It will be quite the swansong. To a degree, there’s a certain paradox in eulogising over the career of a man whose retirement is still 13 months in the distance. However, there can be few across the sporting spectrum who have represented and achieved as much as Raymond van Barneveld.
Removing Phil Taylor from the discussion – a 16-time world champion is an anomaly in any discipline – ‘Barney’, as the Dutchman is affectionately known, must surely be viewed as darts’ most significant face of recent times.
A five-time world champion in his own right, Van Barneveld’s influence on darts extends almost inexplicably beyond the relative platitudes of trophies and cheques. His split from the BDO to join the PDC in 2006 opened the floodgates for a deluge of the game’s current top brass to join him. Gary Anderson, Michael van Gerwen, Simon Whitlock and Jelle Klaasen all soon followed Barney’s lead.
A year after his arrival in the PDC, he beat Taylor to win the world championship in the greatest game in darts history. It was, in many ways, perhaps the most symbolic moment in a career that has meant so much.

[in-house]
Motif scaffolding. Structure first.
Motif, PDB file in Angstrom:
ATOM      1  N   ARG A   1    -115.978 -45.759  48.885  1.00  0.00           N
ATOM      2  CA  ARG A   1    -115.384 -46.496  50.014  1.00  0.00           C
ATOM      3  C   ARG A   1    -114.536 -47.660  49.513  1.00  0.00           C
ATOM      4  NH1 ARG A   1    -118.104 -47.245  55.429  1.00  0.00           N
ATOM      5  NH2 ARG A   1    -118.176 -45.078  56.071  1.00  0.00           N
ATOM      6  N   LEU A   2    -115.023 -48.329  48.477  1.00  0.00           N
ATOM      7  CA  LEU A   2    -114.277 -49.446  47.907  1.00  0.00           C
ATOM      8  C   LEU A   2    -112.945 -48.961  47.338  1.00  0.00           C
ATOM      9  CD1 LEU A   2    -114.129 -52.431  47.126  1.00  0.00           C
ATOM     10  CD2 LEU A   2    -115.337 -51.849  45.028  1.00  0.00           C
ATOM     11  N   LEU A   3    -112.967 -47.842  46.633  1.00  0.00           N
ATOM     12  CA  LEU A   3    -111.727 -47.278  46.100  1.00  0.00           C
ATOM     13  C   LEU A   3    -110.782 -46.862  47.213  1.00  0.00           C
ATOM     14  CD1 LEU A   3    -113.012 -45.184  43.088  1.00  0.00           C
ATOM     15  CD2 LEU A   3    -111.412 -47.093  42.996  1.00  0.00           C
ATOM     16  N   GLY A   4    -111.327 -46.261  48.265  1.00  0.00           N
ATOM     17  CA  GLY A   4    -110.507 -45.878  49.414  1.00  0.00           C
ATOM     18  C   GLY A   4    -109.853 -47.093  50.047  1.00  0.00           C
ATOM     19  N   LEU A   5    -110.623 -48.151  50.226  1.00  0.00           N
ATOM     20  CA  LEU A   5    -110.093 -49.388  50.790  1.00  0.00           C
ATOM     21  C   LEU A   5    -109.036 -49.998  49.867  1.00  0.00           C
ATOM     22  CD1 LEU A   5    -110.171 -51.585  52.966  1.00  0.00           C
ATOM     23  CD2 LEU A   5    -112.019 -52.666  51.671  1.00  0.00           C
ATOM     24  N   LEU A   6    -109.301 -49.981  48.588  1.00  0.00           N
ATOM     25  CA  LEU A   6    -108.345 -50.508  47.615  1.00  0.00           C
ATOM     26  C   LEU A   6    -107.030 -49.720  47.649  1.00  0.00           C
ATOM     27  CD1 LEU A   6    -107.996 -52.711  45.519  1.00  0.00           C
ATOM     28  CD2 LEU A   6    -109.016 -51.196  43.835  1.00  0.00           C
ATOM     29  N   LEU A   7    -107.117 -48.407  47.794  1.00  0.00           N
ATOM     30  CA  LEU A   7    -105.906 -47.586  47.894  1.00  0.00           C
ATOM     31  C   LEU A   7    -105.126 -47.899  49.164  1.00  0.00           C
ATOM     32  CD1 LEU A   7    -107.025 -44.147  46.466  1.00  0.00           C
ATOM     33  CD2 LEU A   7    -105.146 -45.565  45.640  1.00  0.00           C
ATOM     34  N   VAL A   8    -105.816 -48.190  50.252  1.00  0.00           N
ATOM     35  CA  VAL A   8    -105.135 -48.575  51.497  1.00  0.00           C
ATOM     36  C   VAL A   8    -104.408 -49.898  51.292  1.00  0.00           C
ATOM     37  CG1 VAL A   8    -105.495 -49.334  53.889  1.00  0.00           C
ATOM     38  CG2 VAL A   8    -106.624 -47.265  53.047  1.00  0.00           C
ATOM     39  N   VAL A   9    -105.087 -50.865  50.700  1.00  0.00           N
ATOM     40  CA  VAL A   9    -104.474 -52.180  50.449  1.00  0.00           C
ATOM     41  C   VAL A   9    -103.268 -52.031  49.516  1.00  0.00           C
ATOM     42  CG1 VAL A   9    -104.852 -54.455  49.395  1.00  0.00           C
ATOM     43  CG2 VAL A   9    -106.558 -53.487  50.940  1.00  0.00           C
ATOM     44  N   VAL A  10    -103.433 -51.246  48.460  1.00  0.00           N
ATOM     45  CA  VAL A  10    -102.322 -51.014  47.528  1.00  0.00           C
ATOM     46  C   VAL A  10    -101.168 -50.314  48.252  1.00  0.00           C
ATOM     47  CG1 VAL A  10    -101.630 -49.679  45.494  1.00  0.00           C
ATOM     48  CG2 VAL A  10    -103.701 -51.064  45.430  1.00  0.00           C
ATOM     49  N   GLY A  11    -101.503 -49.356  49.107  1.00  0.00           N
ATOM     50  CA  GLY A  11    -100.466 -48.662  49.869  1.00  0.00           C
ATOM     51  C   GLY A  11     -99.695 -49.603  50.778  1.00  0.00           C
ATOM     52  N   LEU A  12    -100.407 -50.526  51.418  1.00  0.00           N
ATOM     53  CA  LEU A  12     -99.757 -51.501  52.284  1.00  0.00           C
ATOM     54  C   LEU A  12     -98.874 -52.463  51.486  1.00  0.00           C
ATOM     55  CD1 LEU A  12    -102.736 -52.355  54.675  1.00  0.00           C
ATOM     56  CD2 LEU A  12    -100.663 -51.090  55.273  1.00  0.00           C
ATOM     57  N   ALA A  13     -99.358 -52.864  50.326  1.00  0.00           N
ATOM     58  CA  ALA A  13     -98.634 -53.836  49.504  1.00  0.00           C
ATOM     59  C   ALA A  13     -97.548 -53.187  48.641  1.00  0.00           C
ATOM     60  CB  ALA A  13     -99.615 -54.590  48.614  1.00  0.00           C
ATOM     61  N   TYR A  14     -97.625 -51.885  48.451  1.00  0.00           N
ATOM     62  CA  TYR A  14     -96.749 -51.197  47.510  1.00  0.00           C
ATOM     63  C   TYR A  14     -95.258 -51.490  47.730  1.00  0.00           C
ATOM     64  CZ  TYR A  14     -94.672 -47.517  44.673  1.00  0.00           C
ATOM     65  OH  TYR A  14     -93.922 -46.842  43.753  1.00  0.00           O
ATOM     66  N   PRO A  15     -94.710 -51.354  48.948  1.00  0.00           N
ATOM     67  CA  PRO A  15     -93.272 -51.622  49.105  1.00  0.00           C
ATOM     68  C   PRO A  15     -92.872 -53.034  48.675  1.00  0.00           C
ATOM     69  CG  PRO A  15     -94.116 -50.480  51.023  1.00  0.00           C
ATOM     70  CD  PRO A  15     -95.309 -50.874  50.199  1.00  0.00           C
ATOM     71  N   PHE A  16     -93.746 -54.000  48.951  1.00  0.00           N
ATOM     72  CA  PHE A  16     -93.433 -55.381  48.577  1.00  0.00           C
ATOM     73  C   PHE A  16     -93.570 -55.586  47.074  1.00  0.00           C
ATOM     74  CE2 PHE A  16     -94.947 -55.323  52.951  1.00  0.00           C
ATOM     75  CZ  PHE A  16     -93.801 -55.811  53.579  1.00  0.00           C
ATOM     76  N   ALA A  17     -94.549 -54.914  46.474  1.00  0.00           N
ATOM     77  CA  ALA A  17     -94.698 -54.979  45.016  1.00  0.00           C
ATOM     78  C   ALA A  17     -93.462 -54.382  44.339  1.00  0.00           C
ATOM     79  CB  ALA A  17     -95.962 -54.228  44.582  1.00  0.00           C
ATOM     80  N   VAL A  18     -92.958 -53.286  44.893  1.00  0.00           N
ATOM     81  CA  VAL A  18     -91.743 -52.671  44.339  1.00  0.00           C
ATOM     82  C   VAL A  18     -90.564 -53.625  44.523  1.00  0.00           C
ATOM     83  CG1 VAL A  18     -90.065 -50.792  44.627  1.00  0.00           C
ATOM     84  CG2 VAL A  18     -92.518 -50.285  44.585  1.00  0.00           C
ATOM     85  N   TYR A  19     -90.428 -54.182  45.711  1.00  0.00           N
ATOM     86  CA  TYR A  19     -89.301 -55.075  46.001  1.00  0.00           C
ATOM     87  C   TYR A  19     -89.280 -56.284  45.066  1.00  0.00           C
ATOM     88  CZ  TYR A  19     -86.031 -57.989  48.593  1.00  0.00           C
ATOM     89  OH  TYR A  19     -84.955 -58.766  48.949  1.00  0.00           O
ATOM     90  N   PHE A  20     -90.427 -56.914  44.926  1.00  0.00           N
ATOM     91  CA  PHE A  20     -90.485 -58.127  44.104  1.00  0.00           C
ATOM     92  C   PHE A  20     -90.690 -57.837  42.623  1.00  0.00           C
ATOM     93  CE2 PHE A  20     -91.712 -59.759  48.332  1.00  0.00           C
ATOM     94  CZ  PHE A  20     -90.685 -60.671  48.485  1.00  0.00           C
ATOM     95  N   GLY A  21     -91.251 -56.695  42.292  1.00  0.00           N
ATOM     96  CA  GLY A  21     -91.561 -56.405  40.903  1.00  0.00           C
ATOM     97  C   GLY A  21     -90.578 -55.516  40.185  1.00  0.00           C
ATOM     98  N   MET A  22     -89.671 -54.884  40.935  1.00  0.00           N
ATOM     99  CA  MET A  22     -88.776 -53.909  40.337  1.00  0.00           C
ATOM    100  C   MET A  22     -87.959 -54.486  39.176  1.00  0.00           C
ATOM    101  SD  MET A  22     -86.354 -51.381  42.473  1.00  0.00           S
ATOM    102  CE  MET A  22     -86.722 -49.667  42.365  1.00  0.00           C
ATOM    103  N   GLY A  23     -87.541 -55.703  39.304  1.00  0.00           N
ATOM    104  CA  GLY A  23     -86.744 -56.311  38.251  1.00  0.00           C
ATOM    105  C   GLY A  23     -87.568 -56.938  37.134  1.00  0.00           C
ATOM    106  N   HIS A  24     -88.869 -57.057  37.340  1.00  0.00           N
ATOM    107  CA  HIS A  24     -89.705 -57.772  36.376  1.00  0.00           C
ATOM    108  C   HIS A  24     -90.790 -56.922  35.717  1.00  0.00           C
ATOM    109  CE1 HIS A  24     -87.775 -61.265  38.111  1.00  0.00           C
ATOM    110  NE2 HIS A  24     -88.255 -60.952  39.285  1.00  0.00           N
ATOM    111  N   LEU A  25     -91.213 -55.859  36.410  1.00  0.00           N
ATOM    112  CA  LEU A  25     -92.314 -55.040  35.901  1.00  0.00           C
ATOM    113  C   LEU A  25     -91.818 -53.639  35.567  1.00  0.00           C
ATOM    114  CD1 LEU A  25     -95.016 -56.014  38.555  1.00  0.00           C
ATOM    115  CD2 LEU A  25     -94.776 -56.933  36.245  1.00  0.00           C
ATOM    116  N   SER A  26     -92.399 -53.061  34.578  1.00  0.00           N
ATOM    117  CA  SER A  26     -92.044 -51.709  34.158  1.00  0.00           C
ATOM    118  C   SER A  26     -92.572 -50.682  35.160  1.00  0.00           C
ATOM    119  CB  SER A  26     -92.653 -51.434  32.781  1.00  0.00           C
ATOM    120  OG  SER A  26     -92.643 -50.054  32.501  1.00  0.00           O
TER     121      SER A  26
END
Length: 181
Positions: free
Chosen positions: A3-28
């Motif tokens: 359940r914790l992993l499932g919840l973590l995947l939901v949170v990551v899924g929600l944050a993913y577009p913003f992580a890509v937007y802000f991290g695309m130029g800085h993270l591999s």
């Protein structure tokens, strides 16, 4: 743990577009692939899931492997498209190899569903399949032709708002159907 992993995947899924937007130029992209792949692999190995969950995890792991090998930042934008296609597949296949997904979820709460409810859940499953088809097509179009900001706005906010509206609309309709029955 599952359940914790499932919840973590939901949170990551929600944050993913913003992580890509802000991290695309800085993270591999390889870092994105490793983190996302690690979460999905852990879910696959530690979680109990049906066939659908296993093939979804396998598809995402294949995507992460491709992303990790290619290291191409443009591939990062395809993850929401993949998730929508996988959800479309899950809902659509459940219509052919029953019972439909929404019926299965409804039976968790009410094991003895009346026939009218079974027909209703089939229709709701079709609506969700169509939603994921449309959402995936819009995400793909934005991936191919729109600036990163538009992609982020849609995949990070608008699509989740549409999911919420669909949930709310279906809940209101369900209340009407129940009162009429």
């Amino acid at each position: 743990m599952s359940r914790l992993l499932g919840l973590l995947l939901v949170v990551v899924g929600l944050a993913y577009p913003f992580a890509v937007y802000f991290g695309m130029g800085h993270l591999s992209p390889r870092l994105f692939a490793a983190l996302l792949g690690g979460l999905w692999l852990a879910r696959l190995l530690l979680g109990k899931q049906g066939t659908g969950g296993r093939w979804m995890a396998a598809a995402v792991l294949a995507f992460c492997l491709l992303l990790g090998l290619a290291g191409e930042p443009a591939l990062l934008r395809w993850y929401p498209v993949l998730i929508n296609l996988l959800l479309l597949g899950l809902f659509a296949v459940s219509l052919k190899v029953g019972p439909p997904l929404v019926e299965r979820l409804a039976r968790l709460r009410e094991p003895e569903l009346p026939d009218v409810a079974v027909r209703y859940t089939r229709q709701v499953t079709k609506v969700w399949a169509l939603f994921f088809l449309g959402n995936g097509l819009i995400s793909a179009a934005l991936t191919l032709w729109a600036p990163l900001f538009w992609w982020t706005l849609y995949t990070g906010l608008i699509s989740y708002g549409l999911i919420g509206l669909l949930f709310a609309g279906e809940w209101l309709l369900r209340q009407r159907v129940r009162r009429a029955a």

It opened the eyes of his former BDO colleagues to what was possible, it brought Barney a fifth world crown and the manner of the triumph earned him an army of fans. It also made the sport mainstream in the Netherlands.
For all of Van Gerwen’s success, it was Barney who sewed the seeds for the Netherlands to become one the world’s darting powerhouses. The pair of maestros are the current World Cup holders and it is because of the Van Barneveld effect, the foundations are laden with his genes.
Further afield, that 2007 victory over Taylor had a similar effect. For all of the PDC’s work in expanding the sport, Van Barneveld gave the game a global face. If Taylor was darts’ figurehead, Van Barneveld was the flagbearer for all beyond the United Kingdom.
While Canada’s John Part won the sport’s holy grail in 2003 – an equally special 7-6 win over Taylor, Barney held greater worldwide appeal as a figure from beyond the Commonwealth.
As an increased field of 96 competitors arrives at Alexandra Palace for next month’s world championship, there will be players from more than 15 nations. The sport’s top 20 features eight different nationalities and Van Barneveld is joined in the world’s top 50 by eight fellow Dutchmen.
There is a justifiable school of thought that argues that had Taylor retired in 2006 having won nine of the previous 10 world titles, the sport may well have struggled to cope, such was the gap between he and the rest. That the sport finds itself in such rude health now is substantially down to Van Barneveld. His arrival re-energised the PDC, with high-class players following Barney as he and Taylor continued to raise the bar.
Much like Taylor, Van Barneveld will depart the scene to thoroughly merited fanfare, with the sport indebted to all that he represents.